Romance and danger abound in Melanie Dickerson’s fairy-tale retellings, the latest of which is A Silent Songbird (Thomas Nelson), a reimagining of The Little Mermaid. After running away from her royal family to escape an arranged marriage, Evangeline joins a group of traveling servants and pretends to be mute to keep her identity hidden. The group’s handsome leader is intrigued, but what will happen when he discovers her secret? In this exclusive Q&A, Melanie discusses why she chose The Little Mermaid as the basis for this novel, her research into the English monarchy, and why she believes storytelling is such a powerful way to communicate….
I know that A Silent Songbird is a retelling of The Little Mermaid. What inspired you about that fairy tale and led you to craft such a lovely retelling?
I loved the emotion behind a girl who wants to be something she’s not in order to get the love she’s desperate for. I wanted to write the story of a girl who would give up everything for love, and then discover how to reconcile with God after doing something everyone else in her life believed was wrong. I could relate to a girl like that.
I was also inspired by an article in an archeology magazine that I read while waiting at the library for my daughter, who had a meeting there. The magazine showed examples of graffiti that medieval people had carved into church walls and baptismal fonts. The graffiti was a desperate attempt to communicate with God, and it really touched me. I knew I had to incorporate it into my story.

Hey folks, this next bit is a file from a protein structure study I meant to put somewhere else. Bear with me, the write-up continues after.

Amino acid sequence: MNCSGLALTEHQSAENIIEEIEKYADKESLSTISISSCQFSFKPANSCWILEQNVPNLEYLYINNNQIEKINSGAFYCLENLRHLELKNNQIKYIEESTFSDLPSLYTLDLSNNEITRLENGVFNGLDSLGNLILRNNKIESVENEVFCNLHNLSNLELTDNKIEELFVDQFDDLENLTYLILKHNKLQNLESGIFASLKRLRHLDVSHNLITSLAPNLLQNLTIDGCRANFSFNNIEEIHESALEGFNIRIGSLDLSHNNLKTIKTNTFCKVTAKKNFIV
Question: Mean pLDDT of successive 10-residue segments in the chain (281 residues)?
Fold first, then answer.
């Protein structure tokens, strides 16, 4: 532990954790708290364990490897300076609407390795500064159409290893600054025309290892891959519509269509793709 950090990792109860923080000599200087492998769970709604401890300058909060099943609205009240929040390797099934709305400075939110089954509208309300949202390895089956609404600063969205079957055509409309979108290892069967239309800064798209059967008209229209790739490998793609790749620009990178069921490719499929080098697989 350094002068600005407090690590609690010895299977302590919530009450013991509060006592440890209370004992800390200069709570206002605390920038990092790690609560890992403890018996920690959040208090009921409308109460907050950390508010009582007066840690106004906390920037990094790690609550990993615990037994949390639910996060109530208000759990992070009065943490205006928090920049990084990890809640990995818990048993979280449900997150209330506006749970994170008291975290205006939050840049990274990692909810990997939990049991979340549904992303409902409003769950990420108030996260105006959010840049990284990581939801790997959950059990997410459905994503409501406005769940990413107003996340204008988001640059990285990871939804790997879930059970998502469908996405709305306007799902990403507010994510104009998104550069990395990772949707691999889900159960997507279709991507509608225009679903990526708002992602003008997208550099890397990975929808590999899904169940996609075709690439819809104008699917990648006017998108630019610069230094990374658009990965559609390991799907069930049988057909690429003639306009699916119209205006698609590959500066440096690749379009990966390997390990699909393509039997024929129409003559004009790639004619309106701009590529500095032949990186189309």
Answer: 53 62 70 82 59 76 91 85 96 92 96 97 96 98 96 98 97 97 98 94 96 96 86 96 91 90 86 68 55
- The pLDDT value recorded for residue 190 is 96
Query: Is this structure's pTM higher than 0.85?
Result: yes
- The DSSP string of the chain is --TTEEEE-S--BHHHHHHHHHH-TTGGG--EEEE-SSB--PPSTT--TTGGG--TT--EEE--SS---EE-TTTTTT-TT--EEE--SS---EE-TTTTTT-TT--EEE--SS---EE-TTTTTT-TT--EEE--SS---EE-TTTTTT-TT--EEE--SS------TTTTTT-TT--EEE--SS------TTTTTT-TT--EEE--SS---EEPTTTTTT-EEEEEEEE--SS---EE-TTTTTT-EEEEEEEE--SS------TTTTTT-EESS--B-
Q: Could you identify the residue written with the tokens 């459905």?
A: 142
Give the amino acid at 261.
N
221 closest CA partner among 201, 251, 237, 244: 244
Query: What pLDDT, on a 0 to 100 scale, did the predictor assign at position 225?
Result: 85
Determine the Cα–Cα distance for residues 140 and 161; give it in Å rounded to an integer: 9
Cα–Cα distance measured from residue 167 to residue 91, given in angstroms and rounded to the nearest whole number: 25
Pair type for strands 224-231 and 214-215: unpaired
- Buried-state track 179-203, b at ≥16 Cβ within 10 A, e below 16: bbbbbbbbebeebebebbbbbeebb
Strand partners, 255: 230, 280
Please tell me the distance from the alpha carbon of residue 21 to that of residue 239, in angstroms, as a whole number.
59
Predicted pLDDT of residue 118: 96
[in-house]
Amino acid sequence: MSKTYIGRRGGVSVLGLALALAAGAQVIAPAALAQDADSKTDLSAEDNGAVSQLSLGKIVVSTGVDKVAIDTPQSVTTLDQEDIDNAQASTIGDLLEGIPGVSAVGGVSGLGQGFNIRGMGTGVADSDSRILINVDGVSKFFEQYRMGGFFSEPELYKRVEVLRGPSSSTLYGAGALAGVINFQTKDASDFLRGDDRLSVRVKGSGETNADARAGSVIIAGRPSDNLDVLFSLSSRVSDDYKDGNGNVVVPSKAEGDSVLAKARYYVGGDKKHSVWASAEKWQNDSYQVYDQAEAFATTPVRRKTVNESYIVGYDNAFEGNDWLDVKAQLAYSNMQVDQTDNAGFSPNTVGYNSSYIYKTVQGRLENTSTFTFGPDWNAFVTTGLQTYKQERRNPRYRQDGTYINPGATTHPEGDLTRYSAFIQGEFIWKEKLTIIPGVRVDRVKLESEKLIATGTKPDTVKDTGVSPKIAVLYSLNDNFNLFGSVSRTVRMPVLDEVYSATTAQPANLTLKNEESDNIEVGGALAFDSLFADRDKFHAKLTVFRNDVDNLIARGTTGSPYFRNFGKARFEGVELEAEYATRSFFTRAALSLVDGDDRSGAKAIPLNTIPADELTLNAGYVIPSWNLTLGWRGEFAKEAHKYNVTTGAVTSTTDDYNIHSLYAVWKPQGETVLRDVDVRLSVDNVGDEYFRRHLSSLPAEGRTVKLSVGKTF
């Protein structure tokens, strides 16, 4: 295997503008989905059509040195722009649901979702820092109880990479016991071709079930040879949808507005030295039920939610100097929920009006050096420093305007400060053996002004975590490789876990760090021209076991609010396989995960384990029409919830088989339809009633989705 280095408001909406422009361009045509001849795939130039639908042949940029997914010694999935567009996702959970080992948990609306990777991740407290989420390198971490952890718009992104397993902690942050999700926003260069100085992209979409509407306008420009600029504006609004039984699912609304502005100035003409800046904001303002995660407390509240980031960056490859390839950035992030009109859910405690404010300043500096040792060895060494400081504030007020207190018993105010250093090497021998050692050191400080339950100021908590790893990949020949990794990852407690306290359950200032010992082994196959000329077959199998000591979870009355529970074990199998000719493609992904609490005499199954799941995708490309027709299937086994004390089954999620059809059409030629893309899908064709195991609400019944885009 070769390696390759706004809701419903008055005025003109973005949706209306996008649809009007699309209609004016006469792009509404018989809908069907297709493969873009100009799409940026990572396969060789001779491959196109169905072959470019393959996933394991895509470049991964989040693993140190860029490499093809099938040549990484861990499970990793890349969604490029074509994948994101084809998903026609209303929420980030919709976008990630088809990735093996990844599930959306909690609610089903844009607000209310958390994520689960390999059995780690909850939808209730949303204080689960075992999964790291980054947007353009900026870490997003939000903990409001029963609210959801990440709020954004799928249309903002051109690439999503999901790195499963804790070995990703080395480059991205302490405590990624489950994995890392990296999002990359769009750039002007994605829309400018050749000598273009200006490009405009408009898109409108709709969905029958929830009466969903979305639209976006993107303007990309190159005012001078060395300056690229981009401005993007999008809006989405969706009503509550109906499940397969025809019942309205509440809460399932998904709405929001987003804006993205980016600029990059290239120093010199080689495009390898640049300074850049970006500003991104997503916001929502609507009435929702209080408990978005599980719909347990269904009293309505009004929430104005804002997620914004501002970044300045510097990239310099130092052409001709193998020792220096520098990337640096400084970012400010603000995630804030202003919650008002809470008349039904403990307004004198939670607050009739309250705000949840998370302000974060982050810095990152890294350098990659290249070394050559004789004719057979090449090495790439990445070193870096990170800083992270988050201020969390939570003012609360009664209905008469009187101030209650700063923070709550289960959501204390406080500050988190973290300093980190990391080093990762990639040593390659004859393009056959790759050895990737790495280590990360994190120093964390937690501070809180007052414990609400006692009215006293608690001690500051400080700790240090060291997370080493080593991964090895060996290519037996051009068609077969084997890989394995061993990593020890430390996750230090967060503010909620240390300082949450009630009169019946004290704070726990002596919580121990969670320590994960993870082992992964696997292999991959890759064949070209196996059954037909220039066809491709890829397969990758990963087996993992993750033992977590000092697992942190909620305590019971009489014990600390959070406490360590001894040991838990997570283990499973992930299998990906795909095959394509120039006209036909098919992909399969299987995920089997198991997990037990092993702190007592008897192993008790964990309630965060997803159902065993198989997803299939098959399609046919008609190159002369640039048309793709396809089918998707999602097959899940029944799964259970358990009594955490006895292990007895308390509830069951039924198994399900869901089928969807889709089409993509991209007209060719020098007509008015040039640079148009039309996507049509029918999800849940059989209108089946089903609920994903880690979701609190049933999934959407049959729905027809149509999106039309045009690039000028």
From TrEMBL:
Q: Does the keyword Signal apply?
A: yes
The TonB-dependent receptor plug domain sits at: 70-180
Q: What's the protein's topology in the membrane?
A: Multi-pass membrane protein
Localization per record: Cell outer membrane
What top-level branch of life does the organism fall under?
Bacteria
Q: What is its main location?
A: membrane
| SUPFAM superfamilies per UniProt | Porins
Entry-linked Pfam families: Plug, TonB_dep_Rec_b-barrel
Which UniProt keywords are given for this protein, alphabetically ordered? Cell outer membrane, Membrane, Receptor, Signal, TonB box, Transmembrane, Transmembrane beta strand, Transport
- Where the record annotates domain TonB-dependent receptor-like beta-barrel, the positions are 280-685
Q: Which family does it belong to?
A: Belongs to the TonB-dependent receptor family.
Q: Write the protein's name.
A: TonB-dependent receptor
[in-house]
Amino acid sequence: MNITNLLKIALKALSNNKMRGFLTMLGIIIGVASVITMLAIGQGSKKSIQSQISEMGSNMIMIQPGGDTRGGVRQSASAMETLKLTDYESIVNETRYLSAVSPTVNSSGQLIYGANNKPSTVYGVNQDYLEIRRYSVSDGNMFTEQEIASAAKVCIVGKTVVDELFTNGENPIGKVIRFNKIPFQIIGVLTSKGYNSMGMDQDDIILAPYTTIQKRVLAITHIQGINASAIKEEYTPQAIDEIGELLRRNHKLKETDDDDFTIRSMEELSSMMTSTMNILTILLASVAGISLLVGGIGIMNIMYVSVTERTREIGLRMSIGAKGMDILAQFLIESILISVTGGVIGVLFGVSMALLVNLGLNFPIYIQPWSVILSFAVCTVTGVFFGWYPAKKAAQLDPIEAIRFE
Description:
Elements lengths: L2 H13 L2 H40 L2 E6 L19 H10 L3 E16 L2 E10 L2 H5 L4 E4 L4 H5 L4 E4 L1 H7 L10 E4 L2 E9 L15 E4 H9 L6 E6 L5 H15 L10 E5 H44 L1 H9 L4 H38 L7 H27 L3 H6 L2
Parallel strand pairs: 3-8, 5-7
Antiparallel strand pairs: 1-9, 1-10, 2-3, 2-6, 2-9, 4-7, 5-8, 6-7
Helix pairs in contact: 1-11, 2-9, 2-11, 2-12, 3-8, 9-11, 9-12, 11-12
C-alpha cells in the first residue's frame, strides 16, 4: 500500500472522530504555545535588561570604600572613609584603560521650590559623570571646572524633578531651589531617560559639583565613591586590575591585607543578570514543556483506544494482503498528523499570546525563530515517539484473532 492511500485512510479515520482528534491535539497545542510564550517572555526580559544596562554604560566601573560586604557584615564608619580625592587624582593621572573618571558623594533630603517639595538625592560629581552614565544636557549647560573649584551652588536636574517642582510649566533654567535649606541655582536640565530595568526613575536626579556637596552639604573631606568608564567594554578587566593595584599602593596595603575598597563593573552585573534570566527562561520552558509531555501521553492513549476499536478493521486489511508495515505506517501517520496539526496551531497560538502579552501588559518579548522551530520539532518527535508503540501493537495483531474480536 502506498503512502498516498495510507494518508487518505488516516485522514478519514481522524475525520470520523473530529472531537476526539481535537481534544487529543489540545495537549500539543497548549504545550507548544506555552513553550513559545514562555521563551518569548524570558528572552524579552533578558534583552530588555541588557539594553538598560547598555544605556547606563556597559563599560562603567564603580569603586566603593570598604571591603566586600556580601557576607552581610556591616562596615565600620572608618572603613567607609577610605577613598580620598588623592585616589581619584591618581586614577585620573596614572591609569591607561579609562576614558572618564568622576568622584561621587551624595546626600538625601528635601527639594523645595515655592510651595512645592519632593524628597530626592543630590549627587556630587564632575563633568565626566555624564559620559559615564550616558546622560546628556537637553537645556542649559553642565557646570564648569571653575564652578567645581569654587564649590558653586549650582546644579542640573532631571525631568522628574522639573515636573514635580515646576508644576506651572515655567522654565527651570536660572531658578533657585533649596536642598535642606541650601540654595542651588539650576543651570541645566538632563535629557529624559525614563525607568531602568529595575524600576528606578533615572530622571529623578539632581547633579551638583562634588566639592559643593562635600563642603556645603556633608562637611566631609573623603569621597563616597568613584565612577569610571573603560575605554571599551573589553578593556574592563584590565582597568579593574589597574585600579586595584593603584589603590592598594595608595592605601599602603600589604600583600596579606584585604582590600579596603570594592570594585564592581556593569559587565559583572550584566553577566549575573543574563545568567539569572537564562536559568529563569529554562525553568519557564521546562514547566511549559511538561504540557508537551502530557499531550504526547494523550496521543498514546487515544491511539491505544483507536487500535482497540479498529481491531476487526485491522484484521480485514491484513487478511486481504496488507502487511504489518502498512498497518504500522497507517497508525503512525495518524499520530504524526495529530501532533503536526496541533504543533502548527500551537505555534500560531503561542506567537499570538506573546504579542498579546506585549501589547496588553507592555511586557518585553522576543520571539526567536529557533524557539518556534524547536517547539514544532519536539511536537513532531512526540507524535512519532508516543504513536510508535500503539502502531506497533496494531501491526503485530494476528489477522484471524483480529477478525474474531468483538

Did any of the characters surprise you in the course of writing the book? If so, how?
Evangeline started out as a sheltered girl, a little self-centered, but she become very unselfish and courageous. I never know my characters very well when I start writing, but I discover what they’re all about as I write and as they react to different situations.
Beyond reading the original fairy tales, what type of research do you do for your fairy-tale romances?
For The Silent Songbird I had to find a historical figure who could have fathered a child who would be a ward of the king. So I had to do a lot of research on the English monarch Richard the Second and his family members. I also had to research the castles belonging to him to find a place for Evangeline to live. It was quite fun, since I love castles. I always have to do some research, but the exact type of research depends on the story. Every story is different.
Why do you think that storytelling is such a powerful way to communicate truth?
Stories are easy to relate to and easy to remember. You can say, “Actions speak louder than words,” but when Jesus illustrates that with a story about two brothers, one who tells his father he will go into the field and work but then doesn’t, and the other brother who says he won’t go but then changes his mind and goes out to work after all, we can “see” the principle in a way we can relate to. It has more meaning and is easier to apply to own lives.
How does your faith inform your writing?
I can’t really imagine living life without my relationship with God or my foundation of faith, so it would be hard to write about characters who don’t have faith in God. A relationship with Jesus doesn’t keep you from having problems, but he affects how you respond to your problems.
Can you give our readers a hint about what you are working on now?
I’m working on the finishing touches to an Aladdin story called The Orphan’s Wish, and I’m starting a Mulan story, both of which are continuing the Hagenheim series.